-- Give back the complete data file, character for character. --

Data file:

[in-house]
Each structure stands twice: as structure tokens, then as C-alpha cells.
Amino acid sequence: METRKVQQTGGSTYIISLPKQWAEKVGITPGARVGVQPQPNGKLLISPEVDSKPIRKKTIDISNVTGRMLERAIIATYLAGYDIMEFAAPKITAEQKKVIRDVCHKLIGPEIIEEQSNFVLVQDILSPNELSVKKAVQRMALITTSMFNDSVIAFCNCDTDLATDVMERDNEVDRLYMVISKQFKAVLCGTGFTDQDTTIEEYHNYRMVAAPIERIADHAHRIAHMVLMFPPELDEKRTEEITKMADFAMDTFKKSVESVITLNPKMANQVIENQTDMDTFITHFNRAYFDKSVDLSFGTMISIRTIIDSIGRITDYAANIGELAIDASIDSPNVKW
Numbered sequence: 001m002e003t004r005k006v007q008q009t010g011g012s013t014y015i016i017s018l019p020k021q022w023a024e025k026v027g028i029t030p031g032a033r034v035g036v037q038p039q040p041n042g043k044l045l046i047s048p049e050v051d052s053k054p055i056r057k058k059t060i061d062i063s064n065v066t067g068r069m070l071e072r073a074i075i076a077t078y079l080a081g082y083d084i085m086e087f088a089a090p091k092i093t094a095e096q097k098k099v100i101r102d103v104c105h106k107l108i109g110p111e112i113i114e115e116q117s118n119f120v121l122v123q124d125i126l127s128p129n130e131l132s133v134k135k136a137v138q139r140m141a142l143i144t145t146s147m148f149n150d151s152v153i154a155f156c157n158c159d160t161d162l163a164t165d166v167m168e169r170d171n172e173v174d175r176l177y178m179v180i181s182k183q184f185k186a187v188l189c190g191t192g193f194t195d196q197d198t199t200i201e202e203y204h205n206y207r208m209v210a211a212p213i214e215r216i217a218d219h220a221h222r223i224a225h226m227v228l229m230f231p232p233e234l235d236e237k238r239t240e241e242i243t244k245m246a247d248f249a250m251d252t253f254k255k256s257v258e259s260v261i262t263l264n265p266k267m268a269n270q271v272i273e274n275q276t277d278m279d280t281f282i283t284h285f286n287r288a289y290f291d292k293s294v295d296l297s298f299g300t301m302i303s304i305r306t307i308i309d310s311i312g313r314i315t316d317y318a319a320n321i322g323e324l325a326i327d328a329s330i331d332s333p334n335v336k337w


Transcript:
[in-house]
Each structure stands twice: as structure tokens, then as C-alpha cells.
Amino acid sequence: METRKVQQTGGSTYIISLPKQWAEKVGITPGARVGVQPQPNGKLLISPEVDSKPIRKKTIDISNVTGRMLERAIIATYLAGYDIMEFAAPKITAEQKKVIRDVCHKLIGPEIIEEQSNFVLVQDILSPNELSVKKAVQRMALITTSMFNDSVIAFCNCDTDLATDVMERDNEVDRLYMVISKQFKAVLCGTGFTDQDTTIEEYHNYRMVAAPIERIADHAHRIAHMVLMFPPELDEKRTEEITKMADFAMDTFKKSVESVITLNPKMANQVIENQTDMDTFITHFNRAYFDKSVDLSFGTMISIRTIIDSIGRITDYAANIGELAIDASIDSPNVKW
Numbered sequence: 001m002e003t004r005k006v007q008q009t010g011g012s013t014y015i016i017s018l019p020k021q022w023a024e025k026v027g028i029t030p031g032a033r034v035g036v037q038p039q040p041n042g043k044l045l046i047s048p049e050v051d052s053k054p055i056r057k058k059t060i061d062i063s064n065v066t067g068r069m070l071e072r073a074i075i076a077t078y079l080a081g082y083d084i085m086e087f088a089a090p091k092i093t094a095e096q097k098k099v100i101r102d103v104c105h106k107l108i109g110p111e112i113i114e115e116q117s118n119f120v121l122v123q124d125i126l127s128p129n130e131l132s133v134k135k136a137v138q139r140m141a142l143i144t145t146s147m148f149n150d151s152v153i154a155f156c157n158c159d160t161d162l163a164t165d166v167m168e169r170d171n172e173v174d175r176l177y178m179v180i181s182k183q184f185k186a187v188l189c190g191t192g193f194t195d196q197d198t199t200i201e202e203y204h205n206y207r208m209v210a211a212p213i214e215r216i217a218d219h220a221h222r223i224a225h226m227v228l229m230f231p232p233e234l235d236e237k238r239t240e241e242i243t244k245m246a247d248f249a250m251d252t253f254k255k256s257v258e259s260v261i262t263l264n265p266k267m268a269n270q271v272i273e274n275q276t277d278m279d280t281f282i283t284h285f286n287r288a289y290f291d292k293s294v295d296l297s298f299g300t301m302i303s304i305r306t307i308i309d310s311i312g313r314i315t316d317y318a319a320n321i322g323e324l325a326i327d328a329s330i331d332s333p334n335v336k337w